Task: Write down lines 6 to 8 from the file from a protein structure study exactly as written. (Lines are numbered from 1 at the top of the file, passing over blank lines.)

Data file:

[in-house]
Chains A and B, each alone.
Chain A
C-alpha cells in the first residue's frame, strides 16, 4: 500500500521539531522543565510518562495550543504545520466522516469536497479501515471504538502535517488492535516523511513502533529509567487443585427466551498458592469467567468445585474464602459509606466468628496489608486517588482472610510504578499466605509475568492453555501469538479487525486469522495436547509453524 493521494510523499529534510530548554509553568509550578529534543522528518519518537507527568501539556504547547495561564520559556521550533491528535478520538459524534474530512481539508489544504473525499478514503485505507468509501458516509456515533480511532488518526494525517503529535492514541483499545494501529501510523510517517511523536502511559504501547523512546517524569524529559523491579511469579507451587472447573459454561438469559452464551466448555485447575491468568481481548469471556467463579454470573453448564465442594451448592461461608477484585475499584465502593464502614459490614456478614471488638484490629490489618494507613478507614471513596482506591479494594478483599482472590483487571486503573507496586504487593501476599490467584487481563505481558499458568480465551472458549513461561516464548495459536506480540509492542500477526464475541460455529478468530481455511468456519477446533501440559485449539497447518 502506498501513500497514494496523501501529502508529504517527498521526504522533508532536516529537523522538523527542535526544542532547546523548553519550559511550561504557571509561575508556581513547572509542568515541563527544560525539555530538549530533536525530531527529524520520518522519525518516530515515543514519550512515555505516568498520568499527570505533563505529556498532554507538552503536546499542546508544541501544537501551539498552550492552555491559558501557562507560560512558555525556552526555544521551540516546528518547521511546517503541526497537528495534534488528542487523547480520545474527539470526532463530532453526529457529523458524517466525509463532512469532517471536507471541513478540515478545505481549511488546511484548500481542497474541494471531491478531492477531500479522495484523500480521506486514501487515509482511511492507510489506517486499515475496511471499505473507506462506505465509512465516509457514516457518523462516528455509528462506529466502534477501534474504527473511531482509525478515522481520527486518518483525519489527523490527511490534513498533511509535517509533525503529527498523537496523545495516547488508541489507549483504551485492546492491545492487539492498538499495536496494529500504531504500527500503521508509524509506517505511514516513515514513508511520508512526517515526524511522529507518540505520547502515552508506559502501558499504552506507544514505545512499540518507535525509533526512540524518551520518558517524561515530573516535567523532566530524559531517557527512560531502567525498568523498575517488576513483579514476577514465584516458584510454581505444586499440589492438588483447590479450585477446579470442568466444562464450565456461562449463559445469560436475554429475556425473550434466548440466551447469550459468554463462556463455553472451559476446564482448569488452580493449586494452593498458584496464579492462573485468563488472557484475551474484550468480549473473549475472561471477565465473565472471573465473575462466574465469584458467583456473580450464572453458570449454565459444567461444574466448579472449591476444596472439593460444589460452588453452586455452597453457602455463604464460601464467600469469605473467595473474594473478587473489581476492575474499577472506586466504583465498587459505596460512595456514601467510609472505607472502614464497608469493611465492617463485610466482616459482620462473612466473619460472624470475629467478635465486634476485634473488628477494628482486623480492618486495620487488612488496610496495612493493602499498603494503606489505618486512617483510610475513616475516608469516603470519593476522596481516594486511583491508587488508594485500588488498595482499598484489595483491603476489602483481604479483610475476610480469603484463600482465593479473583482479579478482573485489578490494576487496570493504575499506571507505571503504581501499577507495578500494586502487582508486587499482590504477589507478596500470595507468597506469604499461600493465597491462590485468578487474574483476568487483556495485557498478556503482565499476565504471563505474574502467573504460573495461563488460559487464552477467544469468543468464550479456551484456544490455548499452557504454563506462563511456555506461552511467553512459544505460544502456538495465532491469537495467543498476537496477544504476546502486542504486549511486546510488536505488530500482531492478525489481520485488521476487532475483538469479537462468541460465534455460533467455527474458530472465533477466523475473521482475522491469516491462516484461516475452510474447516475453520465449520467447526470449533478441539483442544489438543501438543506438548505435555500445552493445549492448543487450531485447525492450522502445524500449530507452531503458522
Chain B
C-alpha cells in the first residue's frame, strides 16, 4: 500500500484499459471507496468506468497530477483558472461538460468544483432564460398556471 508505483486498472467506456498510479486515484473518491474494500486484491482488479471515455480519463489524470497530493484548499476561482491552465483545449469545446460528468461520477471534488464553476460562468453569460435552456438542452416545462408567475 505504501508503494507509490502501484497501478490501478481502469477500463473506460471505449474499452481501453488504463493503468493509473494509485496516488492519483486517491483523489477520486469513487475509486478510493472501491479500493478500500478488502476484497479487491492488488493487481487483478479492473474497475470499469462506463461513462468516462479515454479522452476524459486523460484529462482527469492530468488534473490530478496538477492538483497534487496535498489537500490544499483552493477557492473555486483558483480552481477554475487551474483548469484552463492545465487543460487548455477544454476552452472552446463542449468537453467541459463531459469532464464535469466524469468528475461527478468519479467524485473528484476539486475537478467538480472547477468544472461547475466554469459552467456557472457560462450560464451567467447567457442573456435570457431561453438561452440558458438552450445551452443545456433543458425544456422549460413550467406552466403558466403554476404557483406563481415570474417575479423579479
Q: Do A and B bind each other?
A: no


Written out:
C-alpha cells in the first residue's frame, strides 16, 4: 500500500484499459471507496468506468497530477483558472461538460468544483432564460398556471 508505483486498472467506456498510479486515484473518491474494500486484491482488479471515455480519463489524470497530493484548499476561482491552465483545449469545446460528468461520477471534488464553476460562468453569460435552456438542452416545462408567475 505504501508503494507509490502501484497501478490501478481502469477500463473506460471505449474499452481501453488504463493503468493509473494509485496516488492519483486517491483523489477520486469513487475509486478510493472501491479500493478500500478488502476484497479487491492488488493487481487483478479492473474497475470499469462506463461513462468516462479515454479522452476524459486523460484529462482527469492530468488534473490530478496538477492538483497534487496535498489537500490544499483552493477557492473555486483558483480552481477554475487551474483548469484552463492545465487543460487548455477544454476552452472552446463542449468537453467541459463531459469532464464535469466524469468528475461527478468519479467524485473528484476539486475537478467538480472547477468544472461547475466554469459552467456557472457560462450560464451567467447567457442573456435570457431561453438561452440558458438552450445551452443545456433543458425544456422549460413550467406552466403558466403554476404557483406563481415570474417575479423579479
Q: Do A and B bind each other?
A: no